June 25, 2014 — For the first time in its 20-year history, Graston Technique LLC has reduced the cost of the instruments it produces for instrument-assisted soft-tissue mobilization (IASTM). As a result of more than nine months of discussion and collaboration with its manufacturer, unique processes have been developed, which resulted in a significant cost savings, allowing Graston Technique (GT) to pass these savings along to clinicians.
GT instruments are custom molded from stainless steel with edges hand-finished to exacting specifications. This lengthy process forced GT to keep the price of their 6- and 3-piece instrument sets at a level some clinicians were reluctant to afford. Now, new processes have produced instruments of the same quality and material more efficiently.
“We have known for a long time that our instrument price was a barrier to a large number of clinicians and students,” said Todd R. Lugar, president and CEO of GT. “We believe by reducing that cost barrier, practitioners will be able to provide the best therapies and ultimately improve the lives of their patients, which is the mission of our company.”
Through the years, GT has been a pacesetter in IASTM education. Unlike many competitors, the company has spent a great deal of time and money to develop unique, high-quality education courses, which are considered the gold standard of IASTM training. Additionally, GT was developed, and is continually supported and updated, by significant research and industry collaboration.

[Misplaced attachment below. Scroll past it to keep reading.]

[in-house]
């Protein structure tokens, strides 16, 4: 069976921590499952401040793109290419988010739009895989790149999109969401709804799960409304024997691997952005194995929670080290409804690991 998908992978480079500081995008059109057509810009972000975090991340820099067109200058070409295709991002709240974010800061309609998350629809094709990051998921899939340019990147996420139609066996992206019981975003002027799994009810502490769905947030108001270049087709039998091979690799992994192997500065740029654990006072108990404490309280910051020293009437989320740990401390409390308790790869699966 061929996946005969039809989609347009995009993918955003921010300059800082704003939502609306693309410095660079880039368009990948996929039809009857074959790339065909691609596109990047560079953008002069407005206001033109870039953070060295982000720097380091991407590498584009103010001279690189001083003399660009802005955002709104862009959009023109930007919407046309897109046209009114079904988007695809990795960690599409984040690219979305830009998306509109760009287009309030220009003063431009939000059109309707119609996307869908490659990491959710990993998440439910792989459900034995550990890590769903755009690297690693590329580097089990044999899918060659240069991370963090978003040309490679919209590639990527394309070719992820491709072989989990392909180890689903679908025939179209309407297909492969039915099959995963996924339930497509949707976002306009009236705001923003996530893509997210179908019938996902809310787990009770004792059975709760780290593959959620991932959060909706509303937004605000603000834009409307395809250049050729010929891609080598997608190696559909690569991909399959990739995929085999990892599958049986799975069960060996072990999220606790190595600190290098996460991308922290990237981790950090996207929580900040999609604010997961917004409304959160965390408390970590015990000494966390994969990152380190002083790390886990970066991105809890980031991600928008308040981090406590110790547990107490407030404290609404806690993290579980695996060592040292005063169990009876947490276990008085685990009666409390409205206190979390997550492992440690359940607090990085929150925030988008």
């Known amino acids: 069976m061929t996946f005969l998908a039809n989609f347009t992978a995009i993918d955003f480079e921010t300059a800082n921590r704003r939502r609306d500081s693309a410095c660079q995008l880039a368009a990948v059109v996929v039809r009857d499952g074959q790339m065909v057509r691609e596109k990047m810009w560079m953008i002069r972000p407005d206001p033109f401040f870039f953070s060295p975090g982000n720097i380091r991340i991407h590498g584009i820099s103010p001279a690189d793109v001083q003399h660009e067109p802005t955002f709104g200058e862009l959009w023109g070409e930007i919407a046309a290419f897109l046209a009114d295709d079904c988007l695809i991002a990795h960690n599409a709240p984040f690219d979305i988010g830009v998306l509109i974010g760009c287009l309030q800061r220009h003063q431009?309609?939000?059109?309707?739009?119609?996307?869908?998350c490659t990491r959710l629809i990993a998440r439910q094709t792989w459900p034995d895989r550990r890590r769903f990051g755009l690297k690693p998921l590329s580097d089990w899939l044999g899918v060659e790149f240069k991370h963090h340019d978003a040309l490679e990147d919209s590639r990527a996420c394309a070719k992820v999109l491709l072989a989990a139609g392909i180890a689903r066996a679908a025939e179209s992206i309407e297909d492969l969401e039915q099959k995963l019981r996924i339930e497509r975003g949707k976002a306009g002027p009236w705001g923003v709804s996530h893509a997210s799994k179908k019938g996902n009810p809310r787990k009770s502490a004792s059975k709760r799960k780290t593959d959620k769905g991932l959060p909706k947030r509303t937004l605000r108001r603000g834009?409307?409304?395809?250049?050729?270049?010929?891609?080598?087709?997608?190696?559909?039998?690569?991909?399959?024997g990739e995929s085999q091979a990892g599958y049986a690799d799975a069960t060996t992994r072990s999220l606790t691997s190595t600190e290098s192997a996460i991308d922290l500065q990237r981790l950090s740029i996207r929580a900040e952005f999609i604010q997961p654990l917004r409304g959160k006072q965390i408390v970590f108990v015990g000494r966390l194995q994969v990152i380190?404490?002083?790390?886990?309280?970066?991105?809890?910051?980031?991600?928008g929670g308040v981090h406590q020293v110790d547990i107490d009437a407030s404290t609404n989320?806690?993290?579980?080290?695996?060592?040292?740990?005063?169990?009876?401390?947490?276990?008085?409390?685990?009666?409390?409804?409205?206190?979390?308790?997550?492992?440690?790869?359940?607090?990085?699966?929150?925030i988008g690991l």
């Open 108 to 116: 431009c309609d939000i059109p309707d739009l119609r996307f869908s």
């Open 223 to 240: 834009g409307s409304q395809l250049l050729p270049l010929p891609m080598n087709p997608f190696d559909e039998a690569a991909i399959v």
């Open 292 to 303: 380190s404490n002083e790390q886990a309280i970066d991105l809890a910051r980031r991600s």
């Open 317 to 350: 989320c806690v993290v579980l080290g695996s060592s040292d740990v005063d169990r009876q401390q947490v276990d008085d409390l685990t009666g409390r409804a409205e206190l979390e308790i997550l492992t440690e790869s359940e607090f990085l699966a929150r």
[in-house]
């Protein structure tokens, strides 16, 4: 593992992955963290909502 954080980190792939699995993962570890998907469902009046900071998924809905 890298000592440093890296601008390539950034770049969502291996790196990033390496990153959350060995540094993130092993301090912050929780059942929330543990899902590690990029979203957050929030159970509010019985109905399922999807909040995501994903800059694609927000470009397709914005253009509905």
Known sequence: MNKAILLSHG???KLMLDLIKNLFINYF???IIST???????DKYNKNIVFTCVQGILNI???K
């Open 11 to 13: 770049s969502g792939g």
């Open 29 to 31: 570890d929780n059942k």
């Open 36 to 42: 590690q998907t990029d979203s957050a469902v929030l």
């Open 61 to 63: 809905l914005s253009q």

To maintain its integrity and high standards, GT will only sell instruments to clinicians and students who have completed at least the M1-Basic Training course. Graston Technique is the combination of GT training and GT instruments. A clinician cannot be a GT provider, or describe themselves as providing Graston or Graston Technique, without both of these critical elements.
“It is one thing to look at IASTM procedures online or in a video, but the education level is significantly higher when you participate in hands-on training during a 12- or 14-hour course with certified GT instructors,” Lugar said. “After successfully completing a GT training on the weekend, clinicians are fully prepared to use their instruments effectively on Monday morning.”
Lugar made this announcement prior to the opening of the National Athletic Trainers Association (NATA) annual conference in Indianapolis this week.
“We are not afraid of fair competition in the marketplace,” Lugar said. “However, we are concerned about less effective instruments, made from a variety of less effective materials, finding their way into the hands of untrained clinicians, with the ultimate risk being to the patient.”
Source: Graston Technique LLC